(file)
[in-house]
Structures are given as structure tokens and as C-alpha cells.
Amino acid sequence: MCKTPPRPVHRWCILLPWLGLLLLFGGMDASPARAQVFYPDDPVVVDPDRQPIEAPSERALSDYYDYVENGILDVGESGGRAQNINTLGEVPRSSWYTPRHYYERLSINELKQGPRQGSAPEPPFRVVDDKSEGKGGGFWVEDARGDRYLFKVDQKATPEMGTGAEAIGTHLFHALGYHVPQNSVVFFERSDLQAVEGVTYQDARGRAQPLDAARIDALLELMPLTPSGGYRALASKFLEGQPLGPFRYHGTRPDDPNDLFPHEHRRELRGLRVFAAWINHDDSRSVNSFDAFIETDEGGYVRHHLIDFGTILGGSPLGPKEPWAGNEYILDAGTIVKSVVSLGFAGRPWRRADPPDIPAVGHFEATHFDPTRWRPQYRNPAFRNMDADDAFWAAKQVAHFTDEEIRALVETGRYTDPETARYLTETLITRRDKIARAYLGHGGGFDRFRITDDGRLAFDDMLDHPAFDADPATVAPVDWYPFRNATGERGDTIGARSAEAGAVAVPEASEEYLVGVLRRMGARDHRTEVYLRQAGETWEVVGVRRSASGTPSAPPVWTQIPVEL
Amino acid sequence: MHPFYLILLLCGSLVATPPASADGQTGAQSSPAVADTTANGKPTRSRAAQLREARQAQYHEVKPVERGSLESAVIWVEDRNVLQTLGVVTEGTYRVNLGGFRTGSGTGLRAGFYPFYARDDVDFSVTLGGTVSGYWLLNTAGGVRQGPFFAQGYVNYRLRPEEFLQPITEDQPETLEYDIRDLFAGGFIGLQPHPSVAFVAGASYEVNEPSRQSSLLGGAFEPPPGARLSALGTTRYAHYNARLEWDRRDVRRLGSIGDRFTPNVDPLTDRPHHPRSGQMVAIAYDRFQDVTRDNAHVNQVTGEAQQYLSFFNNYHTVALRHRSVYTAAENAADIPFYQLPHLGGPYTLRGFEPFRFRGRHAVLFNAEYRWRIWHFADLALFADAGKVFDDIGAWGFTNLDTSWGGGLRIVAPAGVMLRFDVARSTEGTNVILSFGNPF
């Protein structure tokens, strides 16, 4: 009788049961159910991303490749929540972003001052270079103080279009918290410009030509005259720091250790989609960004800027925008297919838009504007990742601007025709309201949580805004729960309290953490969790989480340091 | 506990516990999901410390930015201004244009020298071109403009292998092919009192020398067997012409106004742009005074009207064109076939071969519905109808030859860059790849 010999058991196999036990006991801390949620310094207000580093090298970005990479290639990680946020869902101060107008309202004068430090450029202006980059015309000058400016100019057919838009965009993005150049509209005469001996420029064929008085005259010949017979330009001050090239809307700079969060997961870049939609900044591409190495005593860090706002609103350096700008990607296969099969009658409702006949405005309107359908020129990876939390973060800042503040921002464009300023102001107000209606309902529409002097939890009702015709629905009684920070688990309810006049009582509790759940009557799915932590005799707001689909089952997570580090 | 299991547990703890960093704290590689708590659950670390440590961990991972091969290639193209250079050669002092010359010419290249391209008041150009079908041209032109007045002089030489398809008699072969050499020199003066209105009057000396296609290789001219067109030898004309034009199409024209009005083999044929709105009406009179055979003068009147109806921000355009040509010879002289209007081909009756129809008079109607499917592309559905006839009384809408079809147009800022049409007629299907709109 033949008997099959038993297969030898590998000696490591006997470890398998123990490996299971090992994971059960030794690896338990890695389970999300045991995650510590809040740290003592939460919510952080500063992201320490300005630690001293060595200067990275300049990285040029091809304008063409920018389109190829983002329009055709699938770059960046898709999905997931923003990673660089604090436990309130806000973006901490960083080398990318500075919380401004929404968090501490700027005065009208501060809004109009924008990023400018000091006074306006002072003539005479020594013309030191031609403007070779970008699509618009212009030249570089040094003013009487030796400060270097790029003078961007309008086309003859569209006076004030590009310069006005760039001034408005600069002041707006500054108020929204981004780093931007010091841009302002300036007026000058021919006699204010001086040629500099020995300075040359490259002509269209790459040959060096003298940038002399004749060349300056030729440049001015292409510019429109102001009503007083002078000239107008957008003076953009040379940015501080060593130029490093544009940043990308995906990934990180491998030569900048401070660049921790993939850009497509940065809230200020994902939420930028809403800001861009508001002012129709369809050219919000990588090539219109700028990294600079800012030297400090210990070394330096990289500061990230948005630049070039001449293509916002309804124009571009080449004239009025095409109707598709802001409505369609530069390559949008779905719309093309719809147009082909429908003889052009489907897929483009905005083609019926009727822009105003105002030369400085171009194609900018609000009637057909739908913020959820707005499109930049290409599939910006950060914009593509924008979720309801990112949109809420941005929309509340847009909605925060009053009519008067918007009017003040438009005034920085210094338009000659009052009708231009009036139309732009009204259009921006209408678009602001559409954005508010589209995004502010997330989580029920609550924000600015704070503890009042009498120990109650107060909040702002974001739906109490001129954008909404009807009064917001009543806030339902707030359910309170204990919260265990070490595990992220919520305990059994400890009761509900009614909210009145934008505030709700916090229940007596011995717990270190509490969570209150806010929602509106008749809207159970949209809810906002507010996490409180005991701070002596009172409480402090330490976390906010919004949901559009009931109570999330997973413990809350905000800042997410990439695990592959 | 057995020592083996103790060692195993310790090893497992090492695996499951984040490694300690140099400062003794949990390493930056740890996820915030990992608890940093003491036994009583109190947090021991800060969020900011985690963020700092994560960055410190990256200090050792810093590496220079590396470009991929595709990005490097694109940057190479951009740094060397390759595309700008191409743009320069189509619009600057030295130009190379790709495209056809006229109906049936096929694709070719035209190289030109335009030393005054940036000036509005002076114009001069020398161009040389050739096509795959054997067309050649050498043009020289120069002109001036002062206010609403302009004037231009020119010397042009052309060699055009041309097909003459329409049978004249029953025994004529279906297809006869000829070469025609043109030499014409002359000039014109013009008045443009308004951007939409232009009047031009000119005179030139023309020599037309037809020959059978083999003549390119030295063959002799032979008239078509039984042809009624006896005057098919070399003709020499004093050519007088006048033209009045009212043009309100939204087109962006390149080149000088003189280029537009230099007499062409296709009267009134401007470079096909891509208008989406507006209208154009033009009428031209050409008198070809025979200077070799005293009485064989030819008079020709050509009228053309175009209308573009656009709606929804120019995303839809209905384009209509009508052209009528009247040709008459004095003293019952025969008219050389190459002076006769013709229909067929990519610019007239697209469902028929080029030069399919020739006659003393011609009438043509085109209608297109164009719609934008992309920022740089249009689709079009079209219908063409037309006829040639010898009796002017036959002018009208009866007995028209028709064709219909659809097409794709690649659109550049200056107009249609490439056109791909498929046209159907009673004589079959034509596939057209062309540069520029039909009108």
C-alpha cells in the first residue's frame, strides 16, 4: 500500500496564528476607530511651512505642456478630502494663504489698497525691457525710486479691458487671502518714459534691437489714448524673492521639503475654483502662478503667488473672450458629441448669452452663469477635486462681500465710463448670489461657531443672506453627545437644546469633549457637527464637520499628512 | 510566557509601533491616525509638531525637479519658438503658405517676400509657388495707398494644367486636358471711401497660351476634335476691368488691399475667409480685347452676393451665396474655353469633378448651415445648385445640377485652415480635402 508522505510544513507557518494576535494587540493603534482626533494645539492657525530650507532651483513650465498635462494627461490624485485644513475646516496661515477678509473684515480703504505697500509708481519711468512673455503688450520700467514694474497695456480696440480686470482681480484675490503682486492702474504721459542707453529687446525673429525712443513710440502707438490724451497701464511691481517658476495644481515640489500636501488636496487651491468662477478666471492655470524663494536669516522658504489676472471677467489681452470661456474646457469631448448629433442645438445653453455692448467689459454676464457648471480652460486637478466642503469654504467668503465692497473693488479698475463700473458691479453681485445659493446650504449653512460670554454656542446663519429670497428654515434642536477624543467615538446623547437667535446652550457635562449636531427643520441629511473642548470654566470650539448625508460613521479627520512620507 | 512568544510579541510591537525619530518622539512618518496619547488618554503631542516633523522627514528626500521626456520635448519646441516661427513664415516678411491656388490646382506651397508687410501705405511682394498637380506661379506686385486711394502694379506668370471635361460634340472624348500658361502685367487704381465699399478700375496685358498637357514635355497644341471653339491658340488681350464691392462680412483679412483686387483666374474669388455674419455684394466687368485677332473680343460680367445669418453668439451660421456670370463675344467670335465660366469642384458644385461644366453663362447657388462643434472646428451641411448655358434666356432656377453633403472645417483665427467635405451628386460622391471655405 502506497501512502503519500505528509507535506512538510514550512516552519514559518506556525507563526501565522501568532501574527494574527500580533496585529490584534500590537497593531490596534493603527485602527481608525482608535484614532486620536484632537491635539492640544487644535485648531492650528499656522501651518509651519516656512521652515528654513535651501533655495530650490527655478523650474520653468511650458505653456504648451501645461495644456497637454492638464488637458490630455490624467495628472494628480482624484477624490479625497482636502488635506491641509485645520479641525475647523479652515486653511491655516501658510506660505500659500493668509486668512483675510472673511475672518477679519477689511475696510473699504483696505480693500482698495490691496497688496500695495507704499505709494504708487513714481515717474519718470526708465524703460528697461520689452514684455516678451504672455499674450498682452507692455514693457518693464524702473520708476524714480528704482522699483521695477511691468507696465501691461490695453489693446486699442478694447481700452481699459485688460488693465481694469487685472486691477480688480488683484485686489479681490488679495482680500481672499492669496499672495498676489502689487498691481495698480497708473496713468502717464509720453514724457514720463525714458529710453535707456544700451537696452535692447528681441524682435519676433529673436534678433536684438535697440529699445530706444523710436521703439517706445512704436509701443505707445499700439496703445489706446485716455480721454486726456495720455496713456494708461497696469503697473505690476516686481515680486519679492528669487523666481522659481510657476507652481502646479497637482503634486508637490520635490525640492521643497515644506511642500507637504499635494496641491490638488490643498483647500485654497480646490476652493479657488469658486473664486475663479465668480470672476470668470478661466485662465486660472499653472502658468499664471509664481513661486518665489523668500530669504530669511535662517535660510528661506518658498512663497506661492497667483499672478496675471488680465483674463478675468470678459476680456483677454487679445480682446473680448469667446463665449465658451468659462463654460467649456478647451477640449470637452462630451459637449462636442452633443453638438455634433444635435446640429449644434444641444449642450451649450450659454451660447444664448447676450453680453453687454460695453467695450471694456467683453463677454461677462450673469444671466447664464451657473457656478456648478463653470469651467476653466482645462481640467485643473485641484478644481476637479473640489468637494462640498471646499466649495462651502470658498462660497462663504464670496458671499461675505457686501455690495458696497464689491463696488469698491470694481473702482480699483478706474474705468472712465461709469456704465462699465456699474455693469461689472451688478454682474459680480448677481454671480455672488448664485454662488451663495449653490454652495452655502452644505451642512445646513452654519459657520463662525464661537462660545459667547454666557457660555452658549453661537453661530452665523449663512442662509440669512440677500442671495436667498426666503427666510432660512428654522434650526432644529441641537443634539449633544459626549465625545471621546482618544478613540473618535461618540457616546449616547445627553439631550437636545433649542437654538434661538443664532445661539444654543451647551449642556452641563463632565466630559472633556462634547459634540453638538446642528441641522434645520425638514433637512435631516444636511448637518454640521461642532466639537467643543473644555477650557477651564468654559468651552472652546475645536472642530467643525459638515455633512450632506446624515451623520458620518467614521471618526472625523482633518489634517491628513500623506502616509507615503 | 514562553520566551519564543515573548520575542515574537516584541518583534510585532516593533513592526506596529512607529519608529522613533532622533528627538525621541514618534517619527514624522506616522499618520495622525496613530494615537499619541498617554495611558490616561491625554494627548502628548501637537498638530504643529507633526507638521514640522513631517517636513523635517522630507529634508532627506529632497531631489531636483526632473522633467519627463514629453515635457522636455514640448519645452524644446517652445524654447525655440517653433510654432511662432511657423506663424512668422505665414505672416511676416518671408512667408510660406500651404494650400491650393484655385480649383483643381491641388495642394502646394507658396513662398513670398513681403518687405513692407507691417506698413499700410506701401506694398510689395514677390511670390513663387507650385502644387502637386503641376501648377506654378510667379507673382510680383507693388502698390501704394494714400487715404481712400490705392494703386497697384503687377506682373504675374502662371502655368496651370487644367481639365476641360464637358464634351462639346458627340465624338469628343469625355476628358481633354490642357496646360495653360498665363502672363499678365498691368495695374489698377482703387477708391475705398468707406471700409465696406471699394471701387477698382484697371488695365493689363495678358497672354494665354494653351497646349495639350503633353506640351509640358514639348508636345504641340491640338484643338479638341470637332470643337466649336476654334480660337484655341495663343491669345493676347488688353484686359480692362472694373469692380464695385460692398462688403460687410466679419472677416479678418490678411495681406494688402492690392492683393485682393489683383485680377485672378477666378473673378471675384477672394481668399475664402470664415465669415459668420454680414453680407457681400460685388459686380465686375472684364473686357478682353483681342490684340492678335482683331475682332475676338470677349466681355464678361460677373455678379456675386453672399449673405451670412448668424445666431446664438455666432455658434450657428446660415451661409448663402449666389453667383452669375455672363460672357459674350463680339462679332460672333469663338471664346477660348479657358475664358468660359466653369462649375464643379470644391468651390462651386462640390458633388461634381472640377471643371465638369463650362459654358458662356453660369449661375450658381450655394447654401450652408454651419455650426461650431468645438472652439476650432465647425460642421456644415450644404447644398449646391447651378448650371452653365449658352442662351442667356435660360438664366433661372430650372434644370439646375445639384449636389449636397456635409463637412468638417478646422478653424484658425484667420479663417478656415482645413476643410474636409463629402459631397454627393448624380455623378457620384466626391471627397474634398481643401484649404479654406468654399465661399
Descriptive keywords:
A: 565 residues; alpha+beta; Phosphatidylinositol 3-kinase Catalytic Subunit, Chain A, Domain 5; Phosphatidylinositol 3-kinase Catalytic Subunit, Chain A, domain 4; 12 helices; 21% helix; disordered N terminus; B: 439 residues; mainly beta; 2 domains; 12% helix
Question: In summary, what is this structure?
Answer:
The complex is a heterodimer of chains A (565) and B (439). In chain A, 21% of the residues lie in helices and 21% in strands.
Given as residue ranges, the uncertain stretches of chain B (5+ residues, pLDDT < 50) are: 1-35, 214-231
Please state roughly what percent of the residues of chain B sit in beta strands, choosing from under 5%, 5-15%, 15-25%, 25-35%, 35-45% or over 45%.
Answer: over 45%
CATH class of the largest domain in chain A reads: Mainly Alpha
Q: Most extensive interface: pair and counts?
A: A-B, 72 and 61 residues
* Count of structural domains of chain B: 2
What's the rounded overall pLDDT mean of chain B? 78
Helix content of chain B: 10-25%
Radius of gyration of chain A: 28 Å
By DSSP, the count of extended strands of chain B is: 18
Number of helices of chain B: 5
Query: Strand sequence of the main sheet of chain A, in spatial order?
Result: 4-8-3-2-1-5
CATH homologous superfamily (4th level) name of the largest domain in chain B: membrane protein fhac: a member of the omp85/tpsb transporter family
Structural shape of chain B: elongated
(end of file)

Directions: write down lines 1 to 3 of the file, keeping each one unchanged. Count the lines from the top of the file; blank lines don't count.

[in-house]
Structures are given as structure tokens and as C-alpha cells.
Amino acid sequence: MCKTPPRPVHRWCILLPWLGLLLLFGGMDASPARAQVFYPDDPVVVDPDRQPIEAPSERALSDYYDYVENGILDVGESGGRAQNINTLGEVPRSSWYTPRHYYERLSINELKQGPRQGSAPEPPFRVVDDKSEGKGGGFWVEDARGDRYLFKVDQKATPEMGTGAEAIGTHLFHALGYHVPQNSVVFFERSDLQAVEGVTYQDARGRAQPLDAARIDALLELMPLTPSGGYRALASKFLEGQPLGPFRYHGTRPDDPNDLFPHEHRRELRGLRVFAAWINHDDSRSVNSFDAFIETDEGGYVRHHLIDFGTILGGSPLGPKEPWAGNEYILDAGTIVKSVVSLGFAGRPWRRADPPDIPAVGHFEATHFDPTRWRPQYRNPAFRNMDADDAFWAAKQVAHFTDEEIRALVETGRYTDPETARYLTETLITRRDKIARAYLGHGGGFDRFRITDDGRLAFDDMLDHPAFDADPATVAPVDWYPFRNATGERGDTIGARSAEAGAVAVPEASEEYLVGVLRRMGARDHRTEVYLRQAGETWEVVGVRRSASGTPSAPPVWTQIPVEL